We need to plan responsibly to protect ourselves and Lake Tahoe!
"Explosive." That's how the recent 176-acre Emerald Fire near Cascade Lake was described. Due to ferocious winds,
fires throughout the region required numerous evacuation orders and engulfed homes.
Drought, added to climate change, decades of fire suppression, and other factors, means more wildfire. Officials have warned that "extreme fire behavior such as dangerous rates of spread...torching, crowning, and long range spotting can be expected." We should be planning how to protect human life and property, and Tahoe's fragile environment, as well as giving strong consideration to whether new large developments should be built in high fire danger areas. Not only does congested traffic prevent quick evacuation, but it also impedes the ability of first responders to access - and thus fight - fires quickly.
Assisted by significant rainfall, the Emerald Fire was 100% contained within 3 days with no structures lost or reported injuries.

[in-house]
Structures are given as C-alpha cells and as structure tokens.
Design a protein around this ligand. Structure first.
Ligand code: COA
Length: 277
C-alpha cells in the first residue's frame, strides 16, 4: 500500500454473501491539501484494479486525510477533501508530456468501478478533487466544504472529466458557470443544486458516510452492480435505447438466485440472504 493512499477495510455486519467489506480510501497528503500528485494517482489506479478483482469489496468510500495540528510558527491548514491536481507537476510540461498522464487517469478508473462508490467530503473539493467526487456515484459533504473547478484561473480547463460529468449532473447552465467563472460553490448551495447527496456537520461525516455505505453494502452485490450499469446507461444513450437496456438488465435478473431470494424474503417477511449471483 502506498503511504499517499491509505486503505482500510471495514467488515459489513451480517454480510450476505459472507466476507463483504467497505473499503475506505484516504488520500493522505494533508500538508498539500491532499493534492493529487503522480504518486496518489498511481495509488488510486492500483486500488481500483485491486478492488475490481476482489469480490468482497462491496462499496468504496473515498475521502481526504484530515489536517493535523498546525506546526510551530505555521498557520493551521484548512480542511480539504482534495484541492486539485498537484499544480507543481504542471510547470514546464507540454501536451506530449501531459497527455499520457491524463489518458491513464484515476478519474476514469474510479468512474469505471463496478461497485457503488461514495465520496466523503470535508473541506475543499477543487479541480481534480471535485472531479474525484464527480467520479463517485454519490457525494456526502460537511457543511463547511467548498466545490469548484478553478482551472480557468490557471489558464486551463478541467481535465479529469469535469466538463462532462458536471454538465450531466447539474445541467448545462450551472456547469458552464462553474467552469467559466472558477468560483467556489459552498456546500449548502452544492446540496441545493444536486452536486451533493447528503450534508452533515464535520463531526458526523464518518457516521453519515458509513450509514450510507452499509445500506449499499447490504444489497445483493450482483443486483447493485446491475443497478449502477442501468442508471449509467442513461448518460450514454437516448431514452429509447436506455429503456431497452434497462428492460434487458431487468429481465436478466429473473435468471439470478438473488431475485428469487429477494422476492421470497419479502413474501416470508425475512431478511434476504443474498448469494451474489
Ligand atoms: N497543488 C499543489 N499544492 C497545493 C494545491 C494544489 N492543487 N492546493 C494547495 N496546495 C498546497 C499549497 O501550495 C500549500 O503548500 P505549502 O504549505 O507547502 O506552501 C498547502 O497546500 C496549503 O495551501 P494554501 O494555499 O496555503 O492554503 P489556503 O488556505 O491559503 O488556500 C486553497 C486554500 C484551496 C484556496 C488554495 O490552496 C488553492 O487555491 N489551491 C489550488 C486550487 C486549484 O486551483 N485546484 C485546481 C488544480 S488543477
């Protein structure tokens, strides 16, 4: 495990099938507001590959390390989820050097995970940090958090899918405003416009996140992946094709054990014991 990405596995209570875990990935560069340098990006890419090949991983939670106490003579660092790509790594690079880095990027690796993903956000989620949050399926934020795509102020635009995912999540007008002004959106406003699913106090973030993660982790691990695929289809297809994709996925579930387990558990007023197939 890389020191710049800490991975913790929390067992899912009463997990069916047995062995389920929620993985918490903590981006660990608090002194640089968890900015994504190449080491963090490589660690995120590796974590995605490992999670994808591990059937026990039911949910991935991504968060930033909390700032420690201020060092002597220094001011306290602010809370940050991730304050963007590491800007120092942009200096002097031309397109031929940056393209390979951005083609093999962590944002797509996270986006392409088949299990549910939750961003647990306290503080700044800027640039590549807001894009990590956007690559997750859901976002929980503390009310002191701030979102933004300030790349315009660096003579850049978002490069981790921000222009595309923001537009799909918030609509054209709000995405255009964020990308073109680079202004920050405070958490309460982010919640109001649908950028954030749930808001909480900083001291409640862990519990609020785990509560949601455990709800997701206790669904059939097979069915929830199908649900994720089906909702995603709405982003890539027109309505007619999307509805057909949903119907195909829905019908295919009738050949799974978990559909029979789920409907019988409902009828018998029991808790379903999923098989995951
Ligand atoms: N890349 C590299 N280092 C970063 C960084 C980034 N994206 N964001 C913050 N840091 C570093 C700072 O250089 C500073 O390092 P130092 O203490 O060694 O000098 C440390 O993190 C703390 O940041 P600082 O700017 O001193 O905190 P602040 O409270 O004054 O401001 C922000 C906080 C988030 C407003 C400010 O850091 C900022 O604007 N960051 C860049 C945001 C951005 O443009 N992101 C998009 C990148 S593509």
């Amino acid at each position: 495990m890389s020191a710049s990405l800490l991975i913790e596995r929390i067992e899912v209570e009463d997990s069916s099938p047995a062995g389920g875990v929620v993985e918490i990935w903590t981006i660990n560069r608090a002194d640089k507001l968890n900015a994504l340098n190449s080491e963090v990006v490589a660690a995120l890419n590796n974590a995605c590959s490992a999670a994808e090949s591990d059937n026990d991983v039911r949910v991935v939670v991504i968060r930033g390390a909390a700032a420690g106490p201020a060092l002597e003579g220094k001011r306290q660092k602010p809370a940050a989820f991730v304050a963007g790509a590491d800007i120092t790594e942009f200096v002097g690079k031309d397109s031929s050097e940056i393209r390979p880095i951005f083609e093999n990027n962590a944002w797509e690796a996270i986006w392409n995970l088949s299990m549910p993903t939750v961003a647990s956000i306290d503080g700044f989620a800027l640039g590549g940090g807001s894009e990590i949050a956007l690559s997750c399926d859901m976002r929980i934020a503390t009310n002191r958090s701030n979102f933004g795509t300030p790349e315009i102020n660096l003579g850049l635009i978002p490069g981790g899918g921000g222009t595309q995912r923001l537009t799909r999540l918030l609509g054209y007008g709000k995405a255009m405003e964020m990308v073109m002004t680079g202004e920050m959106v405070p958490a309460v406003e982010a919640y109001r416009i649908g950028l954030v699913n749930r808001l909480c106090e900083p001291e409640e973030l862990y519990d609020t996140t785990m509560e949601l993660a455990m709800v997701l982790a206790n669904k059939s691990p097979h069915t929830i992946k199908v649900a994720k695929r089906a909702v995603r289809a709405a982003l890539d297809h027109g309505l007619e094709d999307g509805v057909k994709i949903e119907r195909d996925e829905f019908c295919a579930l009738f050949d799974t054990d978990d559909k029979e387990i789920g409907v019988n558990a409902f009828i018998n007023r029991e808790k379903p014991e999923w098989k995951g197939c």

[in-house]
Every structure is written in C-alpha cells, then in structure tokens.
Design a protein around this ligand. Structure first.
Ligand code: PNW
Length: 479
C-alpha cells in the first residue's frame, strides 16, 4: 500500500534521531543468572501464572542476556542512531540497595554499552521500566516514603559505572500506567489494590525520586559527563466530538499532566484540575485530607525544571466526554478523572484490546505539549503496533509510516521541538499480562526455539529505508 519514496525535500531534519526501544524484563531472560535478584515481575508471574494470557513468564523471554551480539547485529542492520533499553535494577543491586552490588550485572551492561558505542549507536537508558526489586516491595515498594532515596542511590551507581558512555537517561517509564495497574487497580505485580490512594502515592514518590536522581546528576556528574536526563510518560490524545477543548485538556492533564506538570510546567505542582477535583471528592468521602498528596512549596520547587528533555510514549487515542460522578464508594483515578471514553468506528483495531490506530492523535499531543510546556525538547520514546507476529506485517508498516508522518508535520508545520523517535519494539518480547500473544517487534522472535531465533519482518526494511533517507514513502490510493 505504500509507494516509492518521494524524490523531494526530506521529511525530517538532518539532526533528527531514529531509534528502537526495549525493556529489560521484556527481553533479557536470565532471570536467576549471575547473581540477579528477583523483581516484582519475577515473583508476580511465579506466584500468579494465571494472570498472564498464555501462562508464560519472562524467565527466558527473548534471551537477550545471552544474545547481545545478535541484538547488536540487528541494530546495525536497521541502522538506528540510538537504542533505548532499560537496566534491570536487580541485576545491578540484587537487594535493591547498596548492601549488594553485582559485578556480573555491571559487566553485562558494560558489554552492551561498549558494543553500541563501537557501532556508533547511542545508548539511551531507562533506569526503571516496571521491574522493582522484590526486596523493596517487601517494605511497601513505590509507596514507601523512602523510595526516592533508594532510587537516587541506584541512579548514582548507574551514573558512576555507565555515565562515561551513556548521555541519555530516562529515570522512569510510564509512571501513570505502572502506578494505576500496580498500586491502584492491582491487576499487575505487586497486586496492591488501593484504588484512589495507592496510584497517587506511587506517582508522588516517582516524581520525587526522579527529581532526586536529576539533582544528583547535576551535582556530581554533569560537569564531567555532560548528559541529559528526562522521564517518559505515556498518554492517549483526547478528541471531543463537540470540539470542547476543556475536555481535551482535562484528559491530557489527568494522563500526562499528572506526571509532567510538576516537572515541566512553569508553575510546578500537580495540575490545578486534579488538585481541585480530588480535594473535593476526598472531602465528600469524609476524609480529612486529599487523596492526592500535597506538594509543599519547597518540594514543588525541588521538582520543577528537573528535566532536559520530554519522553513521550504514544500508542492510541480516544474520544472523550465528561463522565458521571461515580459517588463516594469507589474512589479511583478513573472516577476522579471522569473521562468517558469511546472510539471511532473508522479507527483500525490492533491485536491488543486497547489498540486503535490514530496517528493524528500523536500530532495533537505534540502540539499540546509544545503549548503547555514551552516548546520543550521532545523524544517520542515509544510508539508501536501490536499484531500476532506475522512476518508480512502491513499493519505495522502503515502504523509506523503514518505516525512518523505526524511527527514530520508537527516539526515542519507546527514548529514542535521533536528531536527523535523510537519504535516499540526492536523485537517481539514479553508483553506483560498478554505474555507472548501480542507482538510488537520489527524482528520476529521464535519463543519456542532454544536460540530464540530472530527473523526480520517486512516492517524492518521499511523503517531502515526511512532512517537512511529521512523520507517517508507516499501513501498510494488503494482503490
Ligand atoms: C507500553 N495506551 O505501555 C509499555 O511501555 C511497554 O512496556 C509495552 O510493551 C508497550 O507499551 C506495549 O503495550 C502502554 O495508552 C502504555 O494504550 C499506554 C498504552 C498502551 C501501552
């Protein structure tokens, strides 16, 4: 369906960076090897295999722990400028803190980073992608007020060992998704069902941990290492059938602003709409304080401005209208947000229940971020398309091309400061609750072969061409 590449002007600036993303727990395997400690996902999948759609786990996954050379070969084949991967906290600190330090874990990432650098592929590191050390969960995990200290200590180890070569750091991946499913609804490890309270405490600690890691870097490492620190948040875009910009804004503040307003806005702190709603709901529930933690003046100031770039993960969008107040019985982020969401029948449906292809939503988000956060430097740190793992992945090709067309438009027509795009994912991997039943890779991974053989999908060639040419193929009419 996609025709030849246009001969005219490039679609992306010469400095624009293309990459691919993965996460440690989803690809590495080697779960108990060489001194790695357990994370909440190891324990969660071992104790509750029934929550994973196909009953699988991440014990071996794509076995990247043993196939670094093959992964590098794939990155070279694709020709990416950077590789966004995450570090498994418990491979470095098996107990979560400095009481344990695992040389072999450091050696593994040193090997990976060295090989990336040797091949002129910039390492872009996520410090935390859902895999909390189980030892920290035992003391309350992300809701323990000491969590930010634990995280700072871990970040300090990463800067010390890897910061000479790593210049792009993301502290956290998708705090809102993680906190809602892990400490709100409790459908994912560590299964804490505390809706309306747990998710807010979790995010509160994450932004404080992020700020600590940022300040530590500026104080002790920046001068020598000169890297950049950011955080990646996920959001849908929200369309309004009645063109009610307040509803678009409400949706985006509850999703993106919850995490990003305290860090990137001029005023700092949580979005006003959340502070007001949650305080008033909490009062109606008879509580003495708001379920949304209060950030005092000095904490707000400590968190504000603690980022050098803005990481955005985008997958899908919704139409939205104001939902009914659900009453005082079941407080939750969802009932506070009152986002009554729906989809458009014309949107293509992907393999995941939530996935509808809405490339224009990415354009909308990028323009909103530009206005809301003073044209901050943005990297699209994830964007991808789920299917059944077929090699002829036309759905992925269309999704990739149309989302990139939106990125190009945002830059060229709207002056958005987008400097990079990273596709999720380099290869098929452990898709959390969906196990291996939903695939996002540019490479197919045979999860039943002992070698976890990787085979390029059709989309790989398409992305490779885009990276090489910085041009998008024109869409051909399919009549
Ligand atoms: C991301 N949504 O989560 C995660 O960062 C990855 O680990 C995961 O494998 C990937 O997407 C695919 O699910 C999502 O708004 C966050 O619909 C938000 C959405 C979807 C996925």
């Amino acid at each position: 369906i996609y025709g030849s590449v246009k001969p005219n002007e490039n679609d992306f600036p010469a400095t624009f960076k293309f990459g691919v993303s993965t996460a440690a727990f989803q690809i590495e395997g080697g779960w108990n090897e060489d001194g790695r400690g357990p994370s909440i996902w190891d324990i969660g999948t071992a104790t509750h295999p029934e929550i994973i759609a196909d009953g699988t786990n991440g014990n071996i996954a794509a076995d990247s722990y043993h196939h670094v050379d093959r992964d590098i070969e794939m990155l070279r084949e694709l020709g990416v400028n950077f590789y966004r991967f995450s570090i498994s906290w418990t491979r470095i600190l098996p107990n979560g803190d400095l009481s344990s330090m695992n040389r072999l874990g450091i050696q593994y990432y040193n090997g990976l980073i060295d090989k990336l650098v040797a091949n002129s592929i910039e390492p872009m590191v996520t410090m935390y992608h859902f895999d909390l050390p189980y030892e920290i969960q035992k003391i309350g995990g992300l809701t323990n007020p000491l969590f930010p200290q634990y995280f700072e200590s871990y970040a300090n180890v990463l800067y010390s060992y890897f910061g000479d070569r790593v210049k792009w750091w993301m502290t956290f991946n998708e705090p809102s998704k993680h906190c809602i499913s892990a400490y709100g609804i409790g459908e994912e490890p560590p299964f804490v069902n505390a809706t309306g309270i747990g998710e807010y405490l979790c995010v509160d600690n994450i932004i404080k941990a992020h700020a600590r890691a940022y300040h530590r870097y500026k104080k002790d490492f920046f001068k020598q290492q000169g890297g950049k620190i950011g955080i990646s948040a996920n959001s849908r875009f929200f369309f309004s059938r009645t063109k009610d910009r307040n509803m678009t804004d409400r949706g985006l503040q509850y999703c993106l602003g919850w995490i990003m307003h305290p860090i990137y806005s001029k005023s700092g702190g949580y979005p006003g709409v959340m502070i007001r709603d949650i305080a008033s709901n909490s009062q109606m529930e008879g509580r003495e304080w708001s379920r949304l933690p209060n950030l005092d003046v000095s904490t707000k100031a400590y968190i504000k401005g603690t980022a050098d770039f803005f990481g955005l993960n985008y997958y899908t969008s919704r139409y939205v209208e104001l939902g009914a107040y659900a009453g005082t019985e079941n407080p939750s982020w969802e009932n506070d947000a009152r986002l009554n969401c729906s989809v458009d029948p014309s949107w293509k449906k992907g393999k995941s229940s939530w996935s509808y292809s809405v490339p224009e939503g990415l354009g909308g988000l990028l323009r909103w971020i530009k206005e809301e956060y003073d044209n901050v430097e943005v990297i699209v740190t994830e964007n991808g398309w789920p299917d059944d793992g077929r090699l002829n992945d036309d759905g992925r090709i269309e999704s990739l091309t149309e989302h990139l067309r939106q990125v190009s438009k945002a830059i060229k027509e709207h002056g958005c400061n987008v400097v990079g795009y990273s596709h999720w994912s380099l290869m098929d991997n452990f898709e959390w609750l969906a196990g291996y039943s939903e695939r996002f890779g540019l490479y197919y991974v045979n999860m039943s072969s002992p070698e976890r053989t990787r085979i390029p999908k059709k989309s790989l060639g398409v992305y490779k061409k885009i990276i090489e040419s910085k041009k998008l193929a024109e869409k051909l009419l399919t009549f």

Unfortunately, it does not appear our land use agencies are taking these dangers seriously. Placer County and the Tahoe Regional Planning Agency continue to promote new projects and plans that make matters worse. The Martis Valley West Parcel and Village at Squaw Valley Specific Plans will dramatically increase traffic in our region. The draft proposed Tahoe Basin Area Plan environmental analysis concludes increased congestion. Rather than identifying ways to improve conditions, the document proposes to simply amend regulations to
allow even more congestion. We do not believe this is responsible planning. It is past time to address the danger of our area's existing traffic -
before we add to it. We will continue to advocate for smart planning which addresses these concerns.
We appreciate the opportunity to keep you informed of issues that affect our environment, communities, and quality of life, and we thank you for your support.
President, Friends of the West Shore
Regional and Local Planning Updates: